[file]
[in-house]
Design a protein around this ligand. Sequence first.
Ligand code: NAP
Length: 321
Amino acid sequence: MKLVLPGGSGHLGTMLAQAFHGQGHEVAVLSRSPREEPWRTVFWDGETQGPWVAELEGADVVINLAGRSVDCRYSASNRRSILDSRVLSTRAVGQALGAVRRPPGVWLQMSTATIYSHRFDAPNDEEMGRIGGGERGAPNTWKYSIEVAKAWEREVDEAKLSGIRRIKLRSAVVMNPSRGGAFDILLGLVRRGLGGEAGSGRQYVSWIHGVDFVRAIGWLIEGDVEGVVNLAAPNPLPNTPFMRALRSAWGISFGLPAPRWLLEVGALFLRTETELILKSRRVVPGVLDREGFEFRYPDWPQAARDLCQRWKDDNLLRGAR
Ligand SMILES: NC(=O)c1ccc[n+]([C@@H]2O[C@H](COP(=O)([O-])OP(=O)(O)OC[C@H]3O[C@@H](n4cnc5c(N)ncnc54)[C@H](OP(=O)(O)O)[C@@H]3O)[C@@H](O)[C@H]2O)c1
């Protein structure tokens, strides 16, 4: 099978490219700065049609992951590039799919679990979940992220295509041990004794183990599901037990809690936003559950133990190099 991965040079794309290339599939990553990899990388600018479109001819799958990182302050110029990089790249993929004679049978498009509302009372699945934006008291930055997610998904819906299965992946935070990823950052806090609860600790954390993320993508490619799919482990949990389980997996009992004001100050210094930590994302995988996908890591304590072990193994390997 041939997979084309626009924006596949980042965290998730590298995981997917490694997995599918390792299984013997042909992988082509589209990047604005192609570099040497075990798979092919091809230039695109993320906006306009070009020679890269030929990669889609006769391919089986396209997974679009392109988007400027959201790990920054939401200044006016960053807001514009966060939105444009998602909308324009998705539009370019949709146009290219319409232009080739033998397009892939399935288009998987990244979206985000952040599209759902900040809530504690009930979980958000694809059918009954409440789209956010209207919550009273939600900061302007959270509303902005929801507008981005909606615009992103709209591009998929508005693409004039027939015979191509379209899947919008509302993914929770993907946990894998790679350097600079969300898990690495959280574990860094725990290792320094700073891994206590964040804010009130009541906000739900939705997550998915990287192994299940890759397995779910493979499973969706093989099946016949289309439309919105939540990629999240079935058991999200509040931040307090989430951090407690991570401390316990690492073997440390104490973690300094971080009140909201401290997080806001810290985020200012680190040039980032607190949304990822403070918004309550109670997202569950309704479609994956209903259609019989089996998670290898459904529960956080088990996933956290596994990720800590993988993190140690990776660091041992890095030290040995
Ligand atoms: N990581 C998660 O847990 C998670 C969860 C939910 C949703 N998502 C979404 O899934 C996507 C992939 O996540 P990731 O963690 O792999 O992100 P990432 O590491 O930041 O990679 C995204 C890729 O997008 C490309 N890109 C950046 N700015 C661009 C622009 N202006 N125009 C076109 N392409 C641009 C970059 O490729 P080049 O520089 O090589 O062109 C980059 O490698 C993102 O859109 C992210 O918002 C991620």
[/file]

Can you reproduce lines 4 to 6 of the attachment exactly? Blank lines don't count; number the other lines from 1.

Length: 321
Amino acid sequence: MKLVLPGGSGHLGTMLAQAFHGQGHEVAVLSRSPREEPWRTVFWDGETQGPWVAELEGADVVINLAGRSVDCRYSASNRRSILDSRVLSTRAVGQALGAVRRPPGVWLQMSTATIYSHRFDAPNDEEMGRIGGGERGAPNTWKYSIEVAKAWEREVDEAKLSGIRRIKLRSAVVMNPSRGGAFDILLGLVRRGLGGEAGSGRQYVSWIHGVDFVRAIGWLIEGDVEGVVNLAAPNPLPNTPFMRALRSAWGISFGLPAPRWLLEVGALFLRTETELILKSRRVVPGVLDREGFEFRYPDWPQAARDLCQRWKDDNLLRGAR
Ligand SMILES: NC(=O)c1ccc[n+]([C@@H]2O[C@H](COP(=O)([O-])OP(=O)(O)OC[C@H]3O[C@@H](n4cnc5c(N)ncnc54)[C@H](OP(=O)(O)O)[C@@H]3O)[C@@H](O)[C@H]2O)c1